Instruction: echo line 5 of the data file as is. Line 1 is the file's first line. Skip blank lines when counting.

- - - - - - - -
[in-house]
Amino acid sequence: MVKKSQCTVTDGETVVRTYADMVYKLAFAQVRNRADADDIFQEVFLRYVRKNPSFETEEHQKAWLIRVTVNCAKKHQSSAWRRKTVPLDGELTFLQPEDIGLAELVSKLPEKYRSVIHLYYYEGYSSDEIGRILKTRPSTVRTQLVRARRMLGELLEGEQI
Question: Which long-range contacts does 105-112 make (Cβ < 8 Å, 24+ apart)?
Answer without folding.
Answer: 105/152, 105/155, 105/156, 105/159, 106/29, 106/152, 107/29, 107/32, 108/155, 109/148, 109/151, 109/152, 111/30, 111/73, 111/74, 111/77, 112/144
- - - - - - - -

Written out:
Answer: 105/152, 105/155, 105/156, 105/159, 106/29, 106/152, 107/29, 107/32, 108/155, 109/148, 109/151, 109/152, 111/30, 111/73, 111/74, 111/77, 112/144